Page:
"Are we Power Rangers or are we friends?"
Filmed in Steveston, the latest Power Rangers movie is a Breakfast Club meets Chronicle re-imagining of the initial run from the durable Fox Kids (later Disney and Nickelodeon) television franchise—itself a cheaply repackaged, imported version of the Super Sentai Japanese superhero show created by the Toei Company in 1975—from Project Almanac director Dean Israelite. Ironically, this is first ever entirely American production and execution in the franchise's twenty-four year history.
These new teenagers with attitudes are diverse bunch of young actors recasting the original Mighty Morphin team lineup. Dacre Montgomery as Jason (Red Ranger) is serviceable yet almost purposely bland as the disgraced jock leader archetype. Naomi Scott as Kimberly (Pink Ranger) gives an earnest and emotional performance grounding her teen drama in a bad girl gone good role. However, RJ Cyler as Billy (Blue Ranger), the comedic geek type "on the spectrum", is easily the film's most dynamic and charismatic performance full of energy. The three meet in Saturday detention before a series of contrivances bring them together to release an ancient magical entity in the woods.
Sadly, Becky G as Trini (Yellow Ranger), who may or may not be queer, and Ludi Lin as Zack (Black Ranger) get much less to do being introduced later on outside the detention setting in a haphazardly coincidental fashion. Becky is able to flesh out a deeper turn after an awkward lone wolf introduction (think Spinelli from Recess). However, Lin isn't given very much depth, apart from a dying mother, while his laughably stilted performance and awful line delivery never allow him to believably inhabit the role in any capacity.
If anything, screenwriter John Gatins' treatment of the MMPR story is too glossy and self-serious in the way a nighttime teen soap on The CW is. The endless string of television shows the property produced were largely goofy fun and combining so many different elements together makes for some wild inconsistencies in tone and momentum leading to the usual CGI-filled final battle where giant robots fight a monster in a crowded city.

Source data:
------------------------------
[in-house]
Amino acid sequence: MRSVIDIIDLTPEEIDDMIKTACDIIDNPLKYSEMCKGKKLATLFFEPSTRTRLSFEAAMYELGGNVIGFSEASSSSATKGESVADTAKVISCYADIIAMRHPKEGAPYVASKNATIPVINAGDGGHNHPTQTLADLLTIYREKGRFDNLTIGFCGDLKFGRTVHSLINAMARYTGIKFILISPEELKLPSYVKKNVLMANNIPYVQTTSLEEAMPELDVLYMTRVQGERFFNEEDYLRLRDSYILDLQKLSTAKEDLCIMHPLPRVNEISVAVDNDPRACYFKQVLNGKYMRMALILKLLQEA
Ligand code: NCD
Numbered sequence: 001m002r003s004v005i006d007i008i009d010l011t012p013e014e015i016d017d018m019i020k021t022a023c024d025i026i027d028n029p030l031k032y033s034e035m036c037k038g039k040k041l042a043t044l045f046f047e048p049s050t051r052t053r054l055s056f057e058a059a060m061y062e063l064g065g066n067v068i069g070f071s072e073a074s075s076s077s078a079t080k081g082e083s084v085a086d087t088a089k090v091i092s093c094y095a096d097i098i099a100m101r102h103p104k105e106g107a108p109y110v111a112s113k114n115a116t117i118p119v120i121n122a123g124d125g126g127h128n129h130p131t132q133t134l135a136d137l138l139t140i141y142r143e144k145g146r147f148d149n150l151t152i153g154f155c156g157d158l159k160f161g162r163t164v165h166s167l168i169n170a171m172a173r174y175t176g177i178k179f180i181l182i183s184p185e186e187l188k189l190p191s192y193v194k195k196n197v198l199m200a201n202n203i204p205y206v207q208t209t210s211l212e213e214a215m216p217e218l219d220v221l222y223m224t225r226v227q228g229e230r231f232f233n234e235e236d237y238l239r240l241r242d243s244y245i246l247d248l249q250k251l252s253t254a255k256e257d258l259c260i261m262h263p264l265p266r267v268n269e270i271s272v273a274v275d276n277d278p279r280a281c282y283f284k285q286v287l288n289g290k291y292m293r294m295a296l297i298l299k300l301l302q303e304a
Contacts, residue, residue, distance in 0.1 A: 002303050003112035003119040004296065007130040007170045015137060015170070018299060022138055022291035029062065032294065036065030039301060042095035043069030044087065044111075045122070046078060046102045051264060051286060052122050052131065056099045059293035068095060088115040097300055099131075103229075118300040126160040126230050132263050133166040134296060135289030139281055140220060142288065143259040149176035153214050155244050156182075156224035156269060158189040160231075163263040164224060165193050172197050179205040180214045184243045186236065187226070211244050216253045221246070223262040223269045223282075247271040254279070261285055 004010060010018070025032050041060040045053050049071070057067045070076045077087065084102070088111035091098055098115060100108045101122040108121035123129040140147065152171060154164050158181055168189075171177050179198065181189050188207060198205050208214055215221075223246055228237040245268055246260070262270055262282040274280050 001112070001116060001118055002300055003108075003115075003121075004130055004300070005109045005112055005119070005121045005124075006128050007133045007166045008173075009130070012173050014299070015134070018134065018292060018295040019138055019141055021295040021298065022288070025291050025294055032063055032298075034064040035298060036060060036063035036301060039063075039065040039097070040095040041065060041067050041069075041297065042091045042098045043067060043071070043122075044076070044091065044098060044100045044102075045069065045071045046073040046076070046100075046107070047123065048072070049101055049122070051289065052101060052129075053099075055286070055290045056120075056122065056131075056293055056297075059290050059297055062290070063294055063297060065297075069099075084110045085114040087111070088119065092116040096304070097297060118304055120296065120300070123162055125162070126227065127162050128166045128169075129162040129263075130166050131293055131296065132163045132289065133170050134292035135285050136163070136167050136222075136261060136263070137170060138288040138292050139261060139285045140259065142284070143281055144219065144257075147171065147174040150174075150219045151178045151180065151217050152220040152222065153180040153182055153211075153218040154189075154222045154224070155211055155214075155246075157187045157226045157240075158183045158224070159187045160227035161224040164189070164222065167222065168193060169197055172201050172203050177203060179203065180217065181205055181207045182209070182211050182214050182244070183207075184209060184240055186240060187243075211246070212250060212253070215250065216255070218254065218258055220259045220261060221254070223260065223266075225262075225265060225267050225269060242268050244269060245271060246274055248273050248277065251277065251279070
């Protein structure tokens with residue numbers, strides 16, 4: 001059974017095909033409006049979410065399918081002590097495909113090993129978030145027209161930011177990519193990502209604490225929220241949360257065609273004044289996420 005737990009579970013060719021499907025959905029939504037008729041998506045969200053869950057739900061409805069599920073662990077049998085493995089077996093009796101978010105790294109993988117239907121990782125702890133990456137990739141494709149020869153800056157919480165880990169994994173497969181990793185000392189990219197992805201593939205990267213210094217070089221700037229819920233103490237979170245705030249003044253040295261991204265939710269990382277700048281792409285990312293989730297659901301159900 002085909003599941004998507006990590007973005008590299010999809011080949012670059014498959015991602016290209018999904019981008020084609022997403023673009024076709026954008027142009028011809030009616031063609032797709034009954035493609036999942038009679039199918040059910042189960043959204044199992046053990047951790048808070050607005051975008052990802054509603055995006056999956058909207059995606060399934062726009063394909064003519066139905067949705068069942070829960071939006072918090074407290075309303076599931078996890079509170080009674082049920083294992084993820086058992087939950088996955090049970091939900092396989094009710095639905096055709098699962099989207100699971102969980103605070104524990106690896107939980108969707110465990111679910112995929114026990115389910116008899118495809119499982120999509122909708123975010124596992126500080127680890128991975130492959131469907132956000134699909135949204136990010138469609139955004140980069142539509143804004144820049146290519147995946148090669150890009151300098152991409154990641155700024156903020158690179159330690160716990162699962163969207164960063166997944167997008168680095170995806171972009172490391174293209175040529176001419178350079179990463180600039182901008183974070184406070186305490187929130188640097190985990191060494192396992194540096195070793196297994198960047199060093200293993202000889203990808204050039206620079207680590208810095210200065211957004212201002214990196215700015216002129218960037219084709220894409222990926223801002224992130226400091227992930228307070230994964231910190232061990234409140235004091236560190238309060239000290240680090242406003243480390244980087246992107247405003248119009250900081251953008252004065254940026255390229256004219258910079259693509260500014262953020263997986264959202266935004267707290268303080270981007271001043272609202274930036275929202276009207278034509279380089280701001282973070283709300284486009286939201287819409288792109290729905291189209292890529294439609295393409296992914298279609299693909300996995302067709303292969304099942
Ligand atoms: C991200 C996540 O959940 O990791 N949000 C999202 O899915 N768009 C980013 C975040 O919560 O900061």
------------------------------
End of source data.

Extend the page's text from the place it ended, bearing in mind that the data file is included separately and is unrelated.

Enter a welcome presence in Bryan Cranston, once a voice actor on the original series, who plays Zordon, the team's disembodied alien mentor elevating the material and brings some gravitas to some ridiculous dialogue. Bill Hader voicing Alpha 5, the neurotic robotic sidekick comic relief, in a fun and energetic role adds to the overall sense of strange fun and pleasing CGI nonsense.
It's really Elizabeth Banks absolutely going for it in an all-out, over the top performance as the big baddie villain in a broad, hammy role that stands out where she relishes yelling and doing crazy things at every turn like killing homeless people for gold. Banks is delightfully bonkers and does her best but any 65-million-year-old character called "Rita Repulsa" drags the film out of the fairly grounded teen movie the first half mostly is. Her admirable turn doesn't entirely fit the rest of the by-the-numbers and overly manufactured blockbuster origin story.
Cranston, Hader, and Banks do much of the heavy lifting as old-hand veteran presences elevating the angsty material while cementing the ridiculously convoluted situations forward. Multiple issues surrounding magical power coins, summoned morphing suits, a revenge porn/sexting scandal, high school pranks, masturbation jokes, and pivotal information regarding the location of—I kid you not—Krispy Kreme doughnuts prevent Power Rangers from fully being the hokey fun it fully should be. This is not altogether surprising, after all, the prolific series existed solely to sell toys to kids.
Power Rangers is an acceptable enough contemporary reboot of the beloved but cheesy Mighty Morphin franchise. It just doesn't embrace enough of the offbeat weirdness the original Saban property overflowed with in its beefy 124-minute runtime. Israelite never quite remixes all the fantastical sci-fi superhero elements with the moody teen drama it largely is.
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